Mass Mutual CEO Roger Crandall admires (and fears) tech companies.
Q: The ownership rate of life insurance is near a 50-year low. Why?
A couple of things are happening. People used to get it at work, at least a base level of coverage, and that increasingly isn't there, or people are working at smaller companies that don't offer it. Also, we've seen the number of licensed insurance agents in the country decline quite a bit, and let's face it, people wake up in the morning and say, "I want to go buy an iPod" or "I want to go buy a Samsung Galaxy 4S," but who wakes up and says, "Today's the day I'm going to buy life insurance"?
It's the old saying -- life insurance is sold, not bought.
And the data actually bears that out.
In the slow economy of the past several years, Mass Mutual has had some of its best years ever. What's the explanation?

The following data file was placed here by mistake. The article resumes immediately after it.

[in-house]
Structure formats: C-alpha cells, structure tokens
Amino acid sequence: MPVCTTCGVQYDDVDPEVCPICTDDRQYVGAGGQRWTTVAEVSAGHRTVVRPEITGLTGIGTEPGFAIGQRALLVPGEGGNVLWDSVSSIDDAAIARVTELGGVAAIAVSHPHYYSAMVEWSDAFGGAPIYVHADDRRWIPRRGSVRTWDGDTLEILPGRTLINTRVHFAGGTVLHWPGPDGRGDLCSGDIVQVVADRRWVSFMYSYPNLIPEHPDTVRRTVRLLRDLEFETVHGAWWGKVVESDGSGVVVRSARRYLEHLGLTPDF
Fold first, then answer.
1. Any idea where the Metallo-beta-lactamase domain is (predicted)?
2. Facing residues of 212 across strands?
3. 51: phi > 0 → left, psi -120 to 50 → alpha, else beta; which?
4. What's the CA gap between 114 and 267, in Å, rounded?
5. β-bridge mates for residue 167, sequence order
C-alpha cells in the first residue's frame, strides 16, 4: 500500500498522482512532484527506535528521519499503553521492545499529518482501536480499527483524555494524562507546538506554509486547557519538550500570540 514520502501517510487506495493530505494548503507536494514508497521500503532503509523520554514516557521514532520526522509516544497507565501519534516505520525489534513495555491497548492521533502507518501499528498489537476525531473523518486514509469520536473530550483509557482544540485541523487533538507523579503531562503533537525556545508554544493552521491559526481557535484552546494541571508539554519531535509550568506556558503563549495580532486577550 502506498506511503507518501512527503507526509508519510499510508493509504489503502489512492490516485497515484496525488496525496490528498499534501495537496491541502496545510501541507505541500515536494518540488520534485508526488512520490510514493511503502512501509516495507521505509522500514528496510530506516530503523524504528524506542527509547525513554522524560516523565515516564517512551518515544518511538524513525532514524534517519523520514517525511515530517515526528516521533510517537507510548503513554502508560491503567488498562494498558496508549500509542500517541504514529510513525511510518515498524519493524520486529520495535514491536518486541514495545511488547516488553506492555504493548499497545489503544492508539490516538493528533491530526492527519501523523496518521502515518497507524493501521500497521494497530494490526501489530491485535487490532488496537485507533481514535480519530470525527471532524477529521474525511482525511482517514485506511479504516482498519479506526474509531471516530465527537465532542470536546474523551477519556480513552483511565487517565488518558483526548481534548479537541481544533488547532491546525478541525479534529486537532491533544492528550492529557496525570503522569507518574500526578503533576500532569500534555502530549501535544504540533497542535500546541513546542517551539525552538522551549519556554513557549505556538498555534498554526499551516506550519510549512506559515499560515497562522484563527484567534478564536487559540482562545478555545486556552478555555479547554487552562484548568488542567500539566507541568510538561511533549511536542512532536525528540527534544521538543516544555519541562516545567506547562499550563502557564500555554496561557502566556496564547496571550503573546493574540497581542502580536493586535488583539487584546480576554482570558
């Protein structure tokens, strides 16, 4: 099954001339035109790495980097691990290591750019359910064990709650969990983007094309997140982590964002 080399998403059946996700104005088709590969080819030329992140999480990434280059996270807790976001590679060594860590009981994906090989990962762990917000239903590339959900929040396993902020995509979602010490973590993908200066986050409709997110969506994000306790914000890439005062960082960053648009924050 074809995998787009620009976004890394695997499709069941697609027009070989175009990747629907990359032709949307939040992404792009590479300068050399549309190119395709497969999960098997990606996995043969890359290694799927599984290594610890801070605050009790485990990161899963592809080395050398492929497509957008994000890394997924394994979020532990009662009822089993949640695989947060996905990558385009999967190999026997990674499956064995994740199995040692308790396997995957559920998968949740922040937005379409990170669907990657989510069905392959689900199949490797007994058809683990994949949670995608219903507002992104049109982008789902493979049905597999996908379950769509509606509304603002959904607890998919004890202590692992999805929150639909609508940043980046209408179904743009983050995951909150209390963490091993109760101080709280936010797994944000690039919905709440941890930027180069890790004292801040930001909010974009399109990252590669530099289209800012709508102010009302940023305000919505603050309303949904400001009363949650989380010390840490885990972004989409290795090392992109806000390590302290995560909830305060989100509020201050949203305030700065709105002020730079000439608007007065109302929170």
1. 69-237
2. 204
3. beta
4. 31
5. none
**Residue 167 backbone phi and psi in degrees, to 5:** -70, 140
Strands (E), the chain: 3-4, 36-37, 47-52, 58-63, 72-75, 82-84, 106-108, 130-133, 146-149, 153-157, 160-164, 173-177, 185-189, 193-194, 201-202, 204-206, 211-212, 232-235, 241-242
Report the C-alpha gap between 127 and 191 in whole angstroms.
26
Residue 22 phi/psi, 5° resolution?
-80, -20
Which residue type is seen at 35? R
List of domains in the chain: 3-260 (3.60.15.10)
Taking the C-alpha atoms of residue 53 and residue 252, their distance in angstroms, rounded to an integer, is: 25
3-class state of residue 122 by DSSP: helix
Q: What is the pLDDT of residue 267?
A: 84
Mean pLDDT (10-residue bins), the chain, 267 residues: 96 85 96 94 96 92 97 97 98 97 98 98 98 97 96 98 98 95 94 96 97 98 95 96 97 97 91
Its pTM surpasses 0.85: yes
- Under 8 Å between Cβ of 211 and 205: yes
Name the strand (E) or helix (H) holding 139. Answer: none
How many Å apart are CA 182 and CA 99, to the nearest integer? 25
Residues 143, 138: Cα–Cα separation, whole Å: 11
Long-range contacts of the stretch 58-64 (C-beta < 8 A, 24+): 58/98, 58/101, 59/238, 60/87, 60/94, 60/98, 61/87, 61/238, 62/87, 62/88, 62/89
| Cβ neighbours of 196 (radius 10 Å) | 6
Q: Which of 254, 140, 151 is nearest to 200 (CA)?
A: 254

A couple of things. We're a mutual company, which means we're owned by our policy owners. We don't have stockholders. So we're 100% aligned with our customers, and that's unusual in a financial firm these days. As people began to look at what happened in the financial crisis and they understood what a mutual company was, they liked that. We've done a pretty good job of showing them the value of our products -- we pay an industry-leading dividend, for example. Sales of our core life insurance products grew a record 26% last year.
For the industry it's been a little bit of a tough time because of low interest rates, and they've hurt us, but, boy, we've been pretty happy with how we've been growing.
Whole life insurance is the strategic center of what you do. I would think that might be a tough sell in slow economic times. Has it been?